Well, today I got hate mail.
Not exactly HATE mail; more like, STRONGLY DISLIKE mail, as in "Your serial story, Charades, stinks." It's par for the course, and I've, sniff, dried my tears and will, sob, carry on with my life as best as I, hiccup, possibly can under the circumstances. Okay, seriously, though, it's fine; everyone's entitled to their opinion and this is what writers contend with all the time. The reason I raise this is not to complain about negative feedback; it's to point out a really fascinating observation I've made lately.
There's a psychology to everything--to the food we eat, the clothes we wear, the things we say and think. It's nifty being married to a psychologist because my husband often shares with me the psychological side to things, but my mind tends to gravitate to psychology as well.
When I set out to write Charades, I wanted to explore a new genre: mystery. I've never written a mystery before and I thought it would be really neat. Aside from the fact that I needed to have my main character disappear in order to deflect attention away from a very sensitive topic, abuse, I thought it would be fun and intriguing for people to be kept wondering, as the story developed, Where is Mottie Schneider?
Yet the mystery was a very side-plot to the story; the real bricks-and-mortar of Charades is the exploration of a family looking perfect on the outside but struggling on the inside; of a therapist who can save the world but cannot save herself and her children; of turning to food to stuff down emotion; of the balance in female friendships. All these threads are woven into Charades in what I feel is a fascinating, very authentic way. And yet, today's letter-writer and some others have complained about the story saying it is dragging out, it has no action, it's "disappointing."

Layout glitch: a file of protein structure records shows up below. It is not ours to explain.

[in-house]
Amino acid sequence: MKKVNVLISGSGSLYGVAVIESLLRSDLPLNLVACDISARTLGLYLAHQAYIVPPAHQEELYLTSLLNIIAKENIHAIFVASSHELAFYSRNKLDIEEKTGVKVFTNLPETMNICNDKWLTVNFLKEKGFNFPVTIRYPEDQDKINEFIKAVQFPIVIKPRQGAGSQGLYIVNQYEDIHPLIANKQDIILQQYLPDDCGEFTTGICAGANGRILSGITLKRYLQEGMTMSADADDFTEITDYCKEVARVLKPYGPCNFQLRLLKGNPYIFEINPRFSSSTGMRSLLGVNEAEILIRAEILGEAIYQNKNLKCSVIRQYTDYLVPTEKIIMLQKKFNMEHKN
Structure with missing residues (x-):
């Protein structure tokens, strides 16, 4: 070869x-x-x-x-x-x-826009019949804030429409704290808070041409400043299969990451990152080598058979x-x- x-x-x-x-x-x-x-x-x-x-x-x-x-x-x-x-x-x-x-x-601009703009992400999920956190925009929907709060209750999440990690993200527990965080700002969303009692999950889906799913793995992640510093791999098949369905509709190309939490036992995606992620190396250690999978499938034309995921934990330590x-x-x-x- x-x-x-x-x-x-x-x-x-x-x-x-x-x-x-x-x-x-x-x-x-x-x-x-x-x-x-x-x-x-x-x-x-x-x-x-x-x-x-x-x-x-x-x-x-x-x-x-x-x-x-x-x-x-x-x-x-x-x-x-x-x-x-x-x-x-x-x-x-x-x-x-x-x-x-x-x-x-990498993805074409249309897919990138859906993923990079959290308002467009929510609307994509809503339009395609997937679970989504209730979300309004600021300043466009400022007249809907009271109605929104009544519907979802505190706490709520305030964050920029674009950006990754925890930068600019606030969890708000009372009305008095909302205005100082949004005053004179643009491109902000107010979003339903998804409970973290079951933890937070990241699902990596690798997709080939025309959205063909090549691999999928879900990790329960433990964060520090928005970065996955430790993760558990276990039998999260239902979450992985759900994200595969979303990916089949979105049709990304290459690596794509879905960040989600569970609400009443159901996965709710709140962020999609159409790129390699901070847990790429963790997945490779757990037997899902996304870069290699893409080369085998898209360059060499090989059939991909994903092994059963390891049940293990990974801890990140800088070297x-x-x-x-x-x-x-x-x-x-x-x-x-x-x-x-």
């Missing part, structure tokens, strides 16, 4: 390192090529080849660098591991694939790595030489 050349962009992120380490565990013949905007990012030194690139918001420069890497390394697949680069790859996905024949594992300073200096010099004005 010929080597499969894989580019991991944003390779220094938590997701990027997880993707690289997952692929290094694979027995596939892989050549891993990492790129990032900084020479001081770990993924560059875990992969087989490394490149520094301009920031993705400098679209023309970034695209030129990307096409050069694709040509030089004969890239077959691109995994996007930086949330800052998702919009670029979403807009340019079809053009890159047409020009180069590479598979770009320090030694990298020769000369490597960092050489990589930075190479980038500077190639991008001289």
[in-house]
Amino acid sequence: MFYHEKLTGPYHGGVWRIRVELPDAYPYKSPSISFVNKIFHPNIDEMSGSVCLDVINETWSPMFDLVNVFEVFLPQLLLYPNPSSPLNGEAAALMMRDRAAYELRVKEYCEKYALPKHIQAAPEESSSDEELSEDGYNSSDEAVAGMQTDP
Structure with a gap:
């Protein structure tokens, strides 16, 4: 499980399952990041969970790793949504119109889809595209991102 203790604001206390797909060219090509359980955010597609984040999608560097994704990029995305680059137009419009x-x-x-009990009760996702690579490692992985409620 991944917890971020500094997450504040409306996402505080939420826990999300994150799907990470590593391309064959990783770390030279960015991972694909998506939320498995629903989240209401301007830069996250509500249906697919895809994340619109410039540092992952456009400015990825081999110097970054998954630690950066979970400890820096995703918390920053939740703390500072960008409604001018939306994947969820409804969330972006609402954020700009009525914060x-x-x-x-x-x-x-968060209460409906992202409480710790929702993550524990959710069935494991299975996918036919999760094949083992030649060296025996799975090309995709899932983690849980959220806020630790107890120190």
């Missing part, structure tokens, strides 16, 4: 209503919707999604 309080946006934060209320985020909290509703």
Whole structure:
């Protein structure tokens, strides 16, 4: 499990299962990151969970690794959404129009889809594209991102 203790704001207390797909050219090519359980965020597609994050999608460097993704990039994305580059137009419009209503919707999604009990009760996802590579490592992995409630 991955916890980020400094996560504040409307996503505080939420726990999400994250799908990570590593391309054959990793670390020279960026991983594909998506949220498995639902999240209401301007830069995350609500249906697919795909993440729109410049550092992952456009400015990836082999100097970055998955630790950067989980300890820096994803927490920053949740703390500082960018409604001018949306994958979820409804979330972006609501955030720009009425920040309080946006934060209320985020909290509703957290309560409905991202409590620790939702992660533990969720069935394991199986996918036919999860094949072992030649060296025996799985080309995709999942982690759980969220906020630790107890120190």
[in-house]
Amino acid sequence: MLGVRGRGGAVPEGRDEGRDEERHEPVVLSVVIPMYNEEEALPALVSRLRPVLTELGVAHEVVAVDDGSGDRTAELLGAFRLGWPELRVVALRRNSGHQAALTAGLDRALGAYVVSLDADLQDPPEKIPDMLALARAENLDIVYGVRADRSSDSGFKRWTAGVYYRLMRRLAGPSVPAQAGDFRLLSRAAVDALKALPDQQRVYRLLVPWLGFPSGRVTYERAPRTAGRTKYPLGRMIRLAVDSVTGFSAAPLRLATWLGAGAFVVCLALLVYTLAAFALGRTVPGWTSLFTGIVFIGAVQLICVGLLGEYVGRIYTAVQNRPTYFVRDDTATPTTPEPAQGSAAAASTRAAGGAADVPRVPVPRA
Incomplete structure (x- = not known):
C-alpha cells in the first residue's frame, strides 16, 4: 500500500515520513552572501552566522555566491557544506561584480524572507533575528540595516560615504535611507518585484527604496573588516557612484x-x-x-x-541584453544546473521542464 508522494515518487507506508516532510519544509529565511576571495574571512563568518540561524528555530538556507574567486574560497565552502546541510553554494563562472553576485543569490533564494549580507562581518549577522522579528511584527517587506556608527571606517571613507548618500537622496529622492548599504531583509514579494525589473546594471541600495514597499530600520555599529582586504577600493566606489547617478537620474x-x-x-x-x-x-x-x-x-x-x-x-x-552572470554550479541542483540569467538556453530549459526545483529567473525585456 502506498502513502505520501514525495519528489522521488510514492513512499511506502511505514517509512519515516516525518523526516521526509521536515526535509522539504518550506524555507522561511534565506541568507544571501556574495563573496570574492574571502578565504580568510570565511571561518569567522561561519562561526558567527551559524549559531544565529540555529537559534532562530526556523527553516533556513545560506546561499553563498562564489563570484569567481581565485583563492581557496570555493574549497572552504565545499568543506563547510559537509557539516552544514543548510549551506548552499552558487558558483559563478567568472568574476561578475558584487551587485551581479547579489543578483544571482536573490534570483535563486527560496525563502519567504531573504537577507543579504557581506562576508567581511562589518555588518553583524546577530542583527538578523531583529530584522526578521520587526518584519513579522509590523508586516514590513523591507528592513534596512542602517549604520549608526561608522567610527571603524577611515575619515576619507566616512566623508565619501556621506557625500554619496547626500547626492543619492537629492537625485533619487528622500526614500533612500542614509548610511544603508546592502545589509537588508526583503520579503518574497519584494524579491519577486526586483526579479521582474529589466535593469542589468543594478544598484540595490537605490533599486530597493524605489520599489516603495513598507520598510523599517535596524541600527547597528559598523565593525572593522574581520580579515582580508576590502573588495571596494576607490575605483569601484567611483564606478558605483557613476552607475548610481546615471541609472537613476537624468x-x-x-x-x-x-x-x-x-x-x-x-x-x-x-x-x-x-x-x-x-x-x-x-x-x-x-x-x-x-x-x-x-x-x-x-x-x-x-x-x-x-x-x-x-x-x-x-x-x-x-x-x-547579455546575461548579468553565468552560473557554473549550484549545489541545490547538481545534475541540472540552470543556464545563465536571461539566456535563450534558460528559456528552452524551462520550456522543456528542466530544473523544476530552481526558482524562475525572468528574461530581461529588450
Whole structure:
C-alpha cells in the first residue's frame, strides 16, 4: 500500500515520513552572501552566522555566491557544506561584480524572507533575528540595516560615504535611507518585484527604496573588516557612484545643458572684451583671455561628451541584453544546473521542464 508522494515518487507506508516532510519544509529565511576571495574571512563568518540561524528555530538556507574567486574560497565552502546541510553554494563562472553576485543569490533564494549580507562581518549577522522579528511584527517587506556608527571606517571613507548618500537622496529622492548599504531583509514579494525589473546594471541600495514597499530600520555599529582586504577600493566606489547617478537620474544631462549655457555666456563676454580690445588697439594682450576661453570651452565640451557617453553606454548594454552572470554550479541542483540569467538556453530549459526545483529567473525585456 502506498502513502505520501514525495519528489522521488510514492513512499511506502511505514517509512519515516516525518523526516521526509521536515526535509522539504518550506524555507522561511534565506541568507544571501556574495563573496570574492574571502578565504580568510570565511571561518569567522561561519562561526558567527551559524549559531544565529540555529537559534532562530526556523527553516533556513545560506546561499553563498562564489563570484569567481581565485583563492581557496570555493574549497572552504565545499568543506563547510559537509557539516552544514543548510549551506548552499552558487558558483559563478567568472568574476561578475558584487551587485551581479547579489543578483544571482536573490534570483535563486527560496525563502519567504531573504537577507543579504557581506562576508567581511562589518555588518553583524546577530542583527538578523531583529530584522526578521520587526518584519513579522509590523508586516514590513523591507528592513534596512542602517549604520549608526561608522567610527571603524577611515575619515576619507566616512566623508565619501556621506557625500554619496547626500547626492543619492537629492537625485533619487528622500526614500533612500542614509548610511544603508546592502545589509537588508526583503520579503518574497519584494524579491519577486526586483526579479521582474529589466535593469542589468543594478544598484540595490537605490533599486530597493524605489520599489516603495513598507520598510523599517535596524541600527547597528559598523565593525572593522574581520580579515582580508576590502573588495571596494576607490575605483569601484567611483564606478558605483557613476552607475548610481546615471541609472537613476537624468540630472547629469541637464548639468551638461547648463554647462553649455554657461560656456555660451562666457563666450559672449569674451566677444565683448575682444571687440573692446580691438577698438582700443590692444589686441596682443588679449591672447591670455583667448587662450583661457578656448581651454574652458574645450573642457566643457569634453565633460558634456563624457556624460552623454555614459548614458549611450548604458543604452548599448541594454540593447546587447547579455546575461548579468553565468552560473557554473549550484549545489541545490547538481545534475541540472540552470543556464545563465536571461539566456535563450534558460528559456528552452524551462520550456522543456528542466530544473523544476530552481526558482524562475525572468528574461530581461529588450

Well, I think I've pin-pointed why. I think I've discovered that mysteries don't work well in serialized stories the way they work in a contiguous book. Why? Because a certain type of reader will be unable to focus on the rest of the plot, honing in ONLY on the mystery. She will flip to the end of every chapter without even reading the whole story, intent only on knowing, Where is Mottie Schneider? She loses the forest for the one, suspenseful tree! And that's truly unfortunate, considering the fact that it's a wonderful, complex, interesting forest!
Anyway, that's my theory and I'm sticking to it. What say you?
About Riva Pomerantz
I'm a freelance writer, widely published in several magazines including the internationally-distributed Ami Magazine and Mishpacha Jewish Family Weekly. Riva's work also appears on the award-winning website www.aish.com, amongst others. You can buy my books here.